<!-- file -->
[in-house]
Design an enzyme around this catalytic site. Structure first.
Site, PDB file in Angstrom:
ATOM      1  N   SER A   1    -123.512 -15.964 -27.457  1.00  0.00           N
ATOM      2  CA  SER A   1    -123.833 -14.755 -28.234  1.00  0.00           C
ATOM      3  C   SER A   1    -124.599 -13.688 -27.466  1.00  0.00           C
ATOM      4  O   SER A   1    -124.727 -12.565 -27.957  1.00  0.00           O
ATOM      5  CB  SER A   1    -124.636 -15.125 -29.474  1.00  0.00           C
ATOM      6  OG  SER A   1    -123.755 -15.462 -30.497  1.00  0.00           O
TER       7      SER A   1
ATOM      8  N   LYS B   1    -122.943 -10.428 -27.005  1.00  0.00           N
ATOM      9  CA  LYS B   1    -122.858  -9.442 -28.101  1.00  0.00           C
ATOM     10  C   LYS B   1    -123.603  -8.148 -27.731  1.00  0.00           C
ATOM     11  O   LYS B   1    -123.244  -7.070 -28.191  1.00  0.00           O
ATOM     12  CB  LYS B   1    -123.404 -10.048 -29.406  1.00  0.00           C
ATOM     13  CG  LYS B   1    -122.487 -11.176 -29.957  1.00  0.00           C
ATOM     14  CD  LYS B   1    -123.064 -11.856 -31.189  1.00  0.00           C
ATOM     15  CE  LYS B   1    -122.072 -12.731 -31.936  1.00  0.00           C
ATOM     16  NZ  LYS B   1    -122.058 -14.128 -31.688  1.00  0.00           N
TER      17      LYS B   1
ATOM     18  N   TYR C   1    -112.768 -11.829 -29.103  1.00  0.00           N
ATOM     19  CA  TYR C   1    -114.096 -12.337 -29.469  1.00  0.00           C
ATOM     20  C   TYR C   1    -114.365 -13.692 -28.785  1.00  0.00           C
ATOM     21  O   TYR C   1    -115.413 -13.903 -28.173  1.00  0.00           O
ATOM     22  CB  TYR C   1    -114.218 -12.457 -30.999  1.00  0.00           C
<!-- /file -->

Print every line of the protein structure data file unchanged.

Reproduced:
[in-house]
Design an enzyme around this catalytic site. Structure first.
Site, PDB file in Angstrom:
ATOM      1  N   SER A   1    -123.512 -15.964 -27.457  1.00  0.00           N
ATOM      2  CA  SER A   1    -123.833 -14.755 -28.234  1.00  0.00           C
ATOM      3  C   SER A   1    -124.599 -13.688 -27.466  1.00  0.00           C
ATOM      4  O   SER A   1    -124.727 -12.565 -27.957  1.00  0.00           O
ATOM      5  CB  SER A   1    -124.636 -15.125 -29.474  1.00  0.00           C
ATOM      6  OG  SER A   1    -123.755 -15.462 -30.497  1.00  0.00           O
TER       7      SER A   1
ATOM      8  N   LYS B   1    -122.943 -10.428 -27.005  1.00  0.00           N
ATOM      9  CA  LYS B   1    -122.858  -9.442 -28.101  1.00  0.00           C
ATOM     10  C   LYS B   1    -123.603  -8.148 -27.731  1.00  0.00           C
ATOM     11  O   LYS B   1    -123.244  -7.070 -28.191  1.00  0.00           O
ATOM     12  CB  LYS B   1    -123.404 -10.048 -29.406  1.00  0.00           C
ATOM     13  CG  LYS B   1    -122.487 -11.176 -29.957  1.00  0.00           C
ATOM     14  CD  LYS B   1    -123.064 -11.856 -31.189  1.00  0.00           C
ATOM     15  CE  LYS B   1    -122.072 -12.731 -31.936  1.00  0.00           C
ATOM     16  NZ  LYS B   1    -122.058 -14.128 -31.688  1.00  0.00           N
TER      17      LYS B   1
ATOM     18  N   TYR C   1    -112.768 -11.829 -29.103  1.00  0.00           N
ATOM     19  CA  TYR C   1    -114.096 -12.337 -29.469  1.00  0.00           C
ATOM     20  C   TYR C   1    -114.365 -13.692 -28.785  1.00  0.00           C
ATOM     21  O   TYR C   1    -115.413 -13.903 -28.173  1.00  0.00           O
ATOM     22  CB  TYR C   1    -114.218 -12.457 -30.999  1.00  0.00           C